America's regression

Glenn Greenwald

Detainees in orange jumpsuits sit in a holding area in
Camp X-Ray at Naval Base Guantanamo Bay, Cuba in
2002. Salon composite/Reuters photo.

Ronald Reagan, May 20, 1988, transmitting the Convention Against Torture to the Senate for ratification:

The United States participated actively and effectively in the negotiation of the Convention. . . . Ratification of the Convention by the United States will clearly express United States opposition to torture, an abhorrent practice unfortunately still prevalent in the world today.

The core provisions of the Convention establish a regime for international cooperation in the criminal prosecution of torturers relying on so-called "universal jurisdiction." Each State Party is required either to prosecute torturers who are found in its territory or to extradite them to other countries for prosecution.

Convention Against Torture, signed and championed by Ronald Reagan, Article II/IV:

No exceptional circumstances whatsoever, whether a state of war or a threat or war, internal political instability or any other public emergency, may be invoked as a justification of torture. . . Each State Party shall ensure that all acts of torture are offences under its criminal law.

Pew Poll, today:

Public opinion about the use of torture remains divided, though the share saying it can at least sometimes be justified has edged upward over the past year. Currently just over half of Americans say that the use of torture against suspected terrorists in order to gain important information can either often (19%) or sometimes (35%) be justified. This is the first time in over five years of Pew Research polling on this question that a majority has expressed these views. Another 16% say torture can rarely be justified, while 25% say it can never be justified.

Just think about that. Torture is one of the most universal taboos in the civilized world. The treaty championed by Ronald Reagan declares that "no exceptional circumstances" can justify it, and requires that every state criminalize it and prosecute those who authorize or engage in it. But only 25% of Americans agree with Ronald Reagan and this Western consensus that torture is never justifiable. Worse, 54% of Americans believe torture is "often" or "sometimes" justified. When it comes to torture, the vast bulk of the country is now to the "right" (for lack of a better term) of Ronald Reagan, who at least in words (if not in deeds) insisted upon an absolute prohibition on the practice and mandatory prosecution for those responsible.

With these new numbers, it's virtually impossible to find a country with as high a percentage of torture supporters as the U.S. has. In Iran, for instance, only 36% believe that torture can be justified in some cases, while 43% believe all torture must be strictly prohibited. Similarly, 66% of Palestinians, 54% of Egyptians, and over 80% of Western Europeans believe torture is always wrong. The U.S. has a far lower percentage than all of those nations of individuals who believe that torture should always be prohibited. At least on the level of the citizenry (as opposed to government), we're basically the leading torture advocacy state in the world.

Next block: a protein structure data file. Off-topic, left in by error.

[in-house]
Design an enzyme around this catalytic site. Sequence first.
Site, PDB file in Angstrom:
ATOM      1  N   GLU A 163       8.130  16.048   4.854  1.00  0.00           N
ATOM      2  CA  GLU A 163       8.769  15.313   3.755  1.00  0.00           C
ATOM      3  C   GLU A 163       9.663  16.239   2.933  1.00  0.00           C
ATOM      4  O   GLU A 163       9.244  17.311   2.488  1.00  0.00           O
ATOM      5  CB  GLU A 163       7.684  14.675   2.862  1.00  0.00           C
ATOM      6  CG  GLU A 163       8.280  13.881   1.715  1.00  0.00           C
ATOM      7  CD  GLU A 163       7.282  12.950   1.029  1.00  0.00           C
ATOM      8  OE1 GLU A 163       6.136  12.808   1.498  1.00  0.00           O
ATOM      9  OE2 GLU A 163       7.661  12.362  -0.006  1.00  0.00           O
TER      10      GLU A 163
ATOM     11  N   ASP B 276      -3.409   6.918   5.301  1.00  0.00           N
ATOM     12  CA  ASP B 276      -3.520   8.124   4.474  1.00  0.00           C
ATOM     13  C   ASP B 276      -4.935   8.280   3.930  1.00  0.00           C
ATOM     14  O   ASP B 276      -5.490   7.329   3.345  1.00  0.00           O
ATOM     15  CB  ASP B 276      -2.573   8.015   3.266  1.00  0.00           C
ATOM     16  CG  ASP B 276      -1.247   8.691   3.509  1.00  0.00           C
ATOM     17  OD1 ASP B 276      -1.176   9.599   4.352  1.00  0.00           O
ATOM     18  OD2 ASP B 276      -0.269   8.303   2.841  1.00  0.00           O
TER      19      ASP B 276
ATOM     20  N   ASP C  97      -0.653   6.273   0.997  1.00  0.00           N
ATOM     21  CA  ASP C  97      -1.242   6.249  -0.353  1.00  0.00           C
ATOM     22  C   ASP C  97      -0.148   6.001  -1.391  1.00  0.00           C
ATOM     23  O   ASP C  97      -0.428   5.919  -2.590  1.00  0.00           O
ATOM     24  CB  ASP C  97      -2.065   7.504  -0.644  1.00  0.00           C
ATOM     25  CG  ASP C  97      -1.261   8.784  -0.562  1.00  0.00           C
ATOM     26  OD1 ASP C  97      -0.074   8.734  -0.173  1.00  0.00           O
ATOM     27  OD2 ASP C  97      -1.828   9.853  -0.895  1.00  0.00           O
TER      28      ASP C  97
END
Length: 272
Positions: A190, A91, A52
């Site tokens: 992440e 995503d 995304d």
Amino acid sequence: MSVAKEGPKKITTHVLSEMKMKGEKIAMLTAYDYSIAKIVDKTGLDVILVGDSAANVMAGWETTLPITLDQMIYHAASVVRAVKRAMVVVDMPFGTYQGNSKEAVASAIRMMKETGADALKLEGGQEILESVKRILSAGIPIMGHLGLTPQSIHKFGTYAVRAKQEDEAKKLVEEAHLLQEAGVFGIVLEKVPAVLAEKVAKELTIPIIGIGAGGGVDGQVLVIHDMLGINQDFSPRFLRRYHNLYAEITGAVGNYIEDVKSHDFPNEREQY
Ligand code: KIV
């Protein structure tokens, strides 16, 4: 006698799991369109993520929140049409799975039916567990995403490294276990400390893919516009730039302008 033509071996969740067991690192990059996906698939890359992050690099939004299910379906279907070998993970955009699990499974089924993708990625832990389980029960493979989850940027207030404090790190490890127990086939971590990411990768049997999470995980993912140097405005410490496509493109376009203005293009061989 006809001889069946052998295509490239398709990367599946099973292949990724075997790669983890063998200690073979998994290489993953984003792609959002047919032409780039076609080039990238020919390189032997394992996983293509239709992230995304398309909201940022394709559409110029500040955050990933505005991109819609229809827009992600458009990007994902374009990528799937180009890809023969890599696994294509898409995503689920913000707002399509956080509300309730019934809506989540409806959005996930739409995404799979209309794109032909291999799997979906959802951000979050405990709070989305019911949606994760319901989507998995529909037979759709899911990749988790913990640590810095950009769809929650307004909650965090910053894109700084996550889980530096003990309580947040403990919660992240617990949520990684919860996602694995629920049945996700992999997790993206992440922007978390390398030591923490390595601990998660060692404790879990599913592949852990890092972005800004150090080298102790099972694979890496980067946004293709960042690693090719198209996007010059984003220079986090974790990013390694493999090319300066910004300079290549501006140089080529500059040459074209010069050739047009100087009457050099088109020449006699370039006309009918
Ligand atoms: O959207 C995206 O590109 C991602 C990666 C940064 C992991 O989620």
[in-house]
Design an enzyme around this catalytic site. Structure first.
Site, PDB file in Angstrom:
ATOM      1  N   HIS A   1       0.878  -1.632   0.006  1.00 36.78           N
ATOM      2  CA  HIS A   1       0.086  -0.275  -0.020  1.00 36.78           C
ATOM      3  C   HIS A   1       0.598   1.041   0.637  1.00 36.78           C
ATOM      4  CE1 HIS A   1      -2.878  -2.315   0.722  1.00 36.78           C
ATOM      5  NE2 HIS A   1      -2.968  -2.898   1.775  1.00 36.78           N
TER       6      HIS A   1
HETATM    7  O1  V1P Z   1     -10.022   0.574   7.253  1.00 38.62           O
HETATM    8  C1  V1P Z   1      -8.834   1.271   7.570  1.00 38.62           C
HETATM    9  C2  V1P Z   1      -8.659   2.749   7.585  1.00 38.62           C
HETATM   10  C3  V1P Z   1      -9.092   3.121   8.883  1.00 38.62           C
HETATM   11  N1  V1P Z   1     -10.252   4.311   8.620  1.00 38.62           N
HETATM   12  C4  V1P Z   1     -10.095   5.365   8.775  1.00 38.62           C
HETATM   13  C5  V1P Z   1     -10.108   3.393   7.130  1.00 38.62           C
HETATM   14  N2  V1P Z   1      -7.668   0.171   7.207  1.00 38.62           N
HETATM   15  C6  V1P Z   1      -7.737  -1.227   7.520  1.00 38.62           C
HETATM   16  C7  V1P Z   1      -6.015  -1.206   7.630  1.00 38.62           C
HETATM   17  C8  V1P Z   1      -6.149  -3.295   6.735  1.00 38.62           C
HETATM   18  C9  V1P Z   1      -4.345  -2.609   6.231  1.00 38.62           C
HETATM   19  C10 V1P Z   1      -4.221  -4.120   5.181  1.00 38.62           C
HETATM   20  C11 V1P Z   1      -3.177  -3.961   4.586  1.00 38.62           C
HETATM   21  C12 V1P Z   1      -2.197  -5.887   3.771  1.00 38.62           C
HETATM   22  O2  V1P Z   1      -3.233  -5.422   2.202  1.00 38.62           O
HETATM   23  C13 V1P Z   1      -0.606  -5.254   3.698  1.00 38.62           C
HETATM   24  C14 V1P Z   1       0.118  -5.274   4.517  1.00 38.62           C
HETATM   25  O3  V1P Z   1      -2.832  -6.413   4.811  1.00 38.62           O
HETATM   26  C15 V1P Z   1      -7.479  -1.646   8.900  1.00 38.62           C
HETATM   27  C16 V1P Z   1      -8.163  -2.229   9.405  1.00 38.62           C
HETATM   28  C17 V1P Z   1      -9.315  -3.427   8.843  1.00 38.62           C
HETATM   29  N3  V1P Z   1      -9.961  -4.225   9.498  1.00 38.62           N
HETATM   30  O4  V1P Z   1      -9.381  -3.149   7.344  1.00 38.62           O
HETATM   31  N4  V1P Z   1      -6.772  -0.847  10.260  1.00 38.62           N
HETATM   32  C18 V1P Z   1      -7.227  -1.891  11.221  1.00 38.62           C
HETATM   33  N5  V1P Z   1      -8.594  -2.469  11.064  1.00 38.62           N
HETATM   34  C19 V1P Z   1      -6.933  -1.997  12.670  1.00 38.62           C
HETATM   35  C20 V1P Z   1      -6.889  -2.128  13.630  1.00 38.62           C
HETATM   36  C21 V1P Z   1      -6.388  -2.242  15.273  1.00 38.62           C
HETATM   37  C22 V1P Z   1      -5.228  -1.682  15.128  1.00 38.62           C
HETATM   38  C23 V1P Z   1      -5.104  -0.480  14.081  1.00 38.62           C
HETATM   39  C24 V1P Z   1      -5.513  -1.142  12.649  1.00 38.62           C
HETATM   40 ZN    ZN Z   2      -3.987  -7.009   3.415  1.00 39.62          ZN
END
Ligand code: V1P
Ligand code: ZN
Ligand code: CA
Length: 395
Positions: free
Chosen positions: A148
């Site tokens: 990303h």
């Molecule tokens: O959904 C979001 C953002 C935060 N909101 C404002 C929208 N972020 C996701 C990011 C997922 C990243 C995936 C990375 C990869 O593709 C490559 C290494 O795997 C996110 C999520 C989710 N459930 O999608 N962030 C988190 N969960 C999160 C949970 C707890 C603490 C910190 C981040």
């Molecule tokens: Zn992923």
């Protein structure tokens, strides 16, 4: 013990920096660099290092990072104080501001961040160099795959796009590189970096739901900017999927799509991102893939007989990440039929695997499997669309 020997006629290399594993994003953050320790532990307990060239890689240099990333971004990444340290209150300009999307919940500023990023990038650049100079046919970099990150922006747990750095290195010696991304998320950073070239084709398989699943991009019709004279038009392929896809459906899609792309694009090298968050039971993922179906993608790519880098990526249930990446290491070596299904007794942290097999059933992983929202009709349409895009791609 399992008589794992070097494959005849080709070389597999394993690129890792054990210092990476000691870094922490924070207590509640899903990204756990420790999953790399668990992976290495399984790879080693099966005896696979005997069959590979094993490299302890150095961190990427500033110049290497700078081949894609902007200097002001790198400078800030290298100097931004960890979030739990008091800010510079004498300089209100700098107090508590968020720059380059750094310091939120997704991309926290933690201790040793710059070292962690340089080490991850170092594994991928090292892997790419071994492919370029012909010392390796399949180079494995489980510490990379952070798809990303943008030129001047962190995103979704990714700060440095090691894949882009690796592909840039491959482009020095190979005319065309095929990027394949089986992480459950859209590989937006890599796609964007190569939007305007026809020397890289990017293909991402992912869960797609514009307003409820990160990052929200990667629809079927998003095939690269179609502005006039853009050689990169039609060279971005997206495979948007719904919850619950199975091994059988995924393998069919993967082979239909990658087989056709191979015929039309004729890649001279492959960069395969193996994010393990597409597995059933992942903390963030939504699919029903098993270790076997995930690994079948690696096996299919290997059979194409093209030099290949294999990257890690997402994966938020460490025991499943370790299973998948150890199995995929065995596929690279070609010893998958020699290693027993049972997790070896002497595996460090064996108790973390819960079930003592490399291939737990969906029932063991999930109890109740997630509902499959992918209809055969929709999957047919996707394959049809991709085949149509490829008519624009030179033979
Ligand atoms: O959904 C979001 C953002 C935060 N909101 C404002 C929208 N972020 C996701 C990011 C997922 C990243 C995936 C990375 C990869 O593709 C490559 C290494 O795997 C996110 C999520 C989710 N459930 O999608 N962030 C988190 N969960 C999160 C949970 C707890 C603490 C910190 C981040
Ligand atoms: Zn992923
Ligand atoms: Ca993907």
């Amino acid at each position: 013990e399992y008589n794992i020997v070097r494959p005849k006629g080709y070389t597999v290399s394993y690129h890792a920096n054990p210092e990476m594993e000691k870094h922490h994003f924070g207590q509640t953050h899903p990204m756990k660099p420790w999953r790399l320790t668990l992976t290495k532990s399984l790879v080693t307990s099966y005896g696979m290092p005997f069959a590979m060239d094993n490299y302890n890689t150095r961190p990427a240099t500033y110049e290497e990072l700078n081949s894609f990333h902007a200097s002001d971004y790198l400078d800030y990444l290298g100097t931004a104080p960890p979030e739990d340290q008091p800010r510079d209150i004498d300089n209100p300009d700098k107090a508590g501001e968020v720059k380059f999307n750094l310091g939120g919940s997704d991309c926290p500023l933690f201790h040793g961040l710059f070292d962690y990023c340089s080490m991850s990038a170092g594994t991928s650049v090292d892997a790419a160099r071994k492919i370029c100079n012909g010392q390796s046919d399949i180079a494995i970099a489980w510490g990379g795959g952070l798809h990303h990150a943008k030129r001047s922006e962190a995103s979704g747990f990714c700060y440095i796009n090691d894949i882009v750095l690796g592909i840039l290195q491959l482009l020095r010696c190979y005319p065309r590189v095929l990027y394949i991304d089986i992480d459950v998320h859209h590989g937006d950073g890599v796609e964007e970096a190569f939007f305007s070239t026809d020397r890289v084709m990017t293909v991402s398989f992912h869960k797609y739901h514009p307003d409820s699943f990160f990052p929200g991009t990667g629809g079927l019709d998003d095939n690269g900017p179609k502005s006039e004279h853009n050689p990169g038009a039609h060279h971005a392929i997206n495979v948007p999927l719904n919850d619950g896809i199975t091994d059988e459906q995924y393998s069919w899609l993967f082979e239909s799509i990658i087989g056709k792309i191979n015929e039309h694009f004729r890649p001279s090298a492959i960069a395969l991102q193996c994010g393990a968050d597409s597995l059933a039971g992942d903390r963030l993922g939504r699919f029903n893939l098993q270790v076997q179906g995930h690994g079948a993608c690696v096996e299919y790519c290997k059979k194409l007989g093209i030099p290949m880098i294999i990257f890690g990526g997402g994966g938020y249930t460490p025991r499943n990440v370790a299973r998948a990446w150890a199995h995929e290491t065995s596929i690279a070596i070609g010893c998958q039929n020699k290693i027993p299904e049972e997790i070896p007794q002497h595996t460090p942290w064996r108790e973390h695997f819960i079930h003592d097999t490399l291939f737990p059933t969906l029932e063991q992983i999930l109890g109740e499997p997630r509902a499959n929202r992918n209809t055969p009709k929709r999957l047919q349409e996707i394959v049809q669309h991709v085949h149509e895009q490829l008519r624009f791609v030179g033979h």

Adam Serwer says that this is "what happens when one party in a two party system makes something outrageous part of its political platform: Even the most abhorrent behavior can be mainstreamed." That's basically true, but even leaving aside the fact that many Democrats acquiesced to if not outright supported the same polices, this outcome is also attributable to our collective and very bipartisan decision not to investigate and prosecute the torture crimes that were committed. After all, how is it possible to credibly maintain that we believe torture is some sort of extreme crime and absolute evil when we sat by while our political leaders did it and now refuse to comply with our obligations to prosecute it? By doing that, aren't we implicitly though unambiguously conveying that, whatever our rhetoric, we don't really think torture is all that bad? We don't "Look Forward" when we think truly awful crimes have been committed; we Look Backwards (sometimes very far backwards) and prosecute them. Whatever else is true, that's the message most Americans have received and embraced: torture is not really worth prosecuting so it must not be truly heinous.

UPDATE: Several commenters raise the reasonable objection that today's 2009 Pew poll shouldn't be compared to the 2008 World Public Opinion poll I cited above because they ask different questions (the former measures the % who believe that torture "can never be justified" while the latter measures the % who believe that "all torture should be prohibited"). I think they're reasonably comparable, but even if one disagrees, the 2008 WPO poll finds that America has a higher percentage of people who believe that torture can be used on terrorists and/or used generally than all but a handful of countries in the poll.

As for the reason more Americans find torture justifiable than ever before, today's Pew poll finds that "both Democrats and independents have become more accepting of the idea that torture can be justified" and, worse: "47% of Democrats say torture can either often or sometimes be justified -- more than in any previous Pew poll." Meanwhile, Republican support for torture has remained fairly steady (67%). Thus, the increase in support for torture among Americans this year is largely due to increased acceptance among Democrats and, to a lesser degree, independents (h/t sysprog; see p. 52 of the Pew Report)

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